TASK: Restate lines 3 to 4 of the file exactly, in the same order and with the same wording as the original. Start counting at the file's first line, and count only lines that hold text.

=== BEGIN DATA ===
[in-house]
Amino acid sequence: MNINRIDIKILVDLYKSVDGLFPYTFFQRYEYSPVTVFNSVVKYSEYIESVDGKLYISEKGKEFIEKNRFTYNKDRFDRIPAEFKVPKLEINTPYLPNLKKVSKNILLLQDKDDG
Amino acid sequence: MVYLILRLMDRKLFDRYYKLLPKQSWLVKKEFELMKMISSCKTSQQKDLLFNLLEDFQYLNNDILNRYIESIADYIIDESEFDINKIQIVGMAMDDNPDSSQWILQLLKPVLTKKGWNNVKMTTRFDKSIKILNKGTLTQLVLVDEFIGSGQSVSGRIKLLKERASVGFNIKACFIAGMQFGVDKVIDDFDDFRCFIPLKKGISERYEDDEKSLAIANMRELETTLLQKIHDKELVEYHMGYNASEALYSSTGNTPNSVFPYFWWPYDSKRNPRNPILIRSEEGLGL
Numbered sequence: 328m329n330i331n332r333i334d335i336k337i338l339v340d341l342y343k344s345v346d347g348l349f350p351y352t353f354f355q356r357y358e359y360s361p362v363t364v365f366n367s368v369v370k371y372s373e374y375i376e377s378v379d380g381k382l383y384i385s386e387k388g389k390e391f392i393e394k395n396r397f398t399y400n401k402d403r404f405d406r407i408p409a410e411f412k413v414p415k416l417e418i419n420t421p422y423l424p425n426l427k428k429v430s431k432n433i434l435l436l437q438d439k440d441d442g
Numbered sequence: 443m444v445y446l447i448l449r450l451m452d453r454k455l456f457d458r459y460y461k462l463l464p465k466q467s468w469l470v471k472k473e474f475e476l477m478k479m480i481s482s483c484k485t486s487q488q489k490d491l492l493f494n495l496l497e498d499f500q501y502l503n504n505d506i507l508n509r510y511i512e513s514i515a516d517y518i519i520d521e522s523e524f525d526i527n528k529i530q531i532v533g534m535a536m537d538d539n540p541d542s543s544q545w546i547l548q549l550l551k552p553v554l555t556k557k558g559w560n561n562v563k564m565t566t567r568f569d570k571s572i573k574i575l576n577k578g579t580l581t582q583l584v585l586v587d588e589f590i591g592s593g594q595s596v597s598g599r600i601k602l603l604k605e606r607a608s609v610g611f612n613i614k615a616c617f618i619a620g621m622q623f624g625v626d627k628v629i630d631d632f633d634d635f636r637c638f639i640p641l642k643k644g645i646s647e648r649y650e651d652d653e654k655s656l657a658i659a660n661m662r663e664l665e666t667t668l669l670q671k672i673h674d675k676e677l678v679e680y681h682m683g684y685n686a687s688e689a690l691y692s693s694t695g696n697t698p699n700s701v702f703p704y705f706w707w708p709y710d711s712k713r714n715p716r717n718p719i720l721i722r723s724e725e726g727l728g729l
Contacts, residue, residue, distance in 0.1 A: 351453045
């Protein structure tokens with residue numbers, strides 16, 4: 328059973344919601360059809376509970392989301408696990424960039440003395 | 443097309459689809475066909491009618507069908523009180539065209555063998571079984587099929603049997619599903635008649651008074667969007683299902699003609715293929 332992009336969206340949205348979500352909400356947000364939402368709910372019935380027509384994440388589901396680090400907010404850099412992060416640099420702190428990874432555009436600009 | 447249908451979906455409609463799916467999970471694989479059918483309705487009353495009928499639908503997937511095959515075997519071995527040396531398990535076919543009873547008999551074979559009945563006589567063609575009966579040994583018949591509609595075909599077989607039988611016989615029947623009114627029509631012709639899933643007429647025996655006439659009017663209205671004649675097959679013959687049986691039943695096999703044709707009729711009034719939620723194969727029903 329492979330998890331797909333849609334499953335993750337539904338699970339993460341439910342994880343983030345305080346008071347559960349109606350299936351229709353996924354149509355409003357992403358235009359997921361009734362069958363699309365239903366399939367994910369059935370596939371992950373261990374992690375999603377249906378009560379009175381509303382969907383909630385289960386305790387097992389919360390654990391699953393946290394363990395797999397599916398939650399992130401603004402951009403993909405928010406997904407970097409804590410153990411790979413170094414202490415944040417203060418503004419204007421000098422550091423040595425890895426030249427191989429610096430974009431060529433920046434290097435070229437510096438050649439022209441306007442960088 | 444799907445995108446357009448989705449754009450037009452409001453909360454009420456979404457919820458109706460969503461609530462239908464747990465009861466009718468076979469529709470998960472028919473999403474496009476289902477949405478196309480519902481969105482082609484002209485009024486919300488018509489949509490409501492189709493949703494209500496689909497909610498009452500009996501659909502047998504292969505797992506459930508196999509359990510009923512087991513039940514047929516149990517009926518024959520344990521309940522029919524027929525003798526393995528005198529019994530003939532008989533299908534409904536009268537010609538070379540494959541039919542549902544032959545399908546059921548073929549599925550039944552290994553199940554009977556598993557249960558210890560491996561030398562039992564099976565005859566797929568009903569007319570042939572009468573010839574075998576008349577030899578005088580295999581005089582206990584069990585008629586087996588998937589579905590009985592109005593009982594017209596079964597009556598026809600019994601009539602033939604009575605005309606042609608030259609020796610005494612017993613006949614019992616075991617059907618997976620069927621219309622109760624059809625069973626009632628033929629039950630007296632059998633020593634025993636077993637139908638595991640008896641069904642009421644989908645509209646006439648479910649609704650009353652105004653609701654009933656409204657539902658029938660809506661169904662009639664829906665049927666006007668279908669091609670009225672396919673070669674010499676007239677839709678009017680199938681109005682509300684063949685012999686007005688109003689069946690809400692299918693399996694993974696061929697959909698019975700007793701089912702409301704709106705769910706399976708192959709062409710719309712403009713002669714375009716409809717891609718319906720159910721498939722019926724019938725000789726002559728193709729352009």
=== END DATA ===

Amino acid sequence: MVYLILRLMDRKLFDRYYKLLPKQSWLVKKEFELMKMISSCKTSQQKDLLFNLLEDFQYLNNDILNRYIESIADYIIDESEFDINKIQIVGMAMDDNPDSSQWILQLLKPVLTKKGWNNVKMTTRFDKSIKILNKGTLTQLVLVDEFIGSGQSVSGRIKLLKERASVGFNIKACFIAGMQFGVDKVIDDFDDFRCFIPLKKGISERYEDDEKSLAIANMRELETTLLQKIHDKELVEYHMGYNASEALYSSTGNTPNSVFPYFWWPYDSKRNPRNPILIRSEEGLGL
Numbered sequence: 328m329n330i331n332r333i334d335i336k337i338l339v340d341l342y343k344s345v346d347g348l349f350p351y352t353f354f355q356r357y358e359y360s361p362v363t364v365f366n367s368v369v370k371y372s373e374y375i376e377s378v379d380g381k382l383y384i385s386e387k388g389k390e391f392i393e394k395n396r397f398t399y400n401k402d403r404f405d406r407i408p409a410e411f412k413v414p415k416l417e418i419n420t421p422y423l424p425n426l427k428k429v430s431k432n433i434l435l436l437q438d439k440d441d442g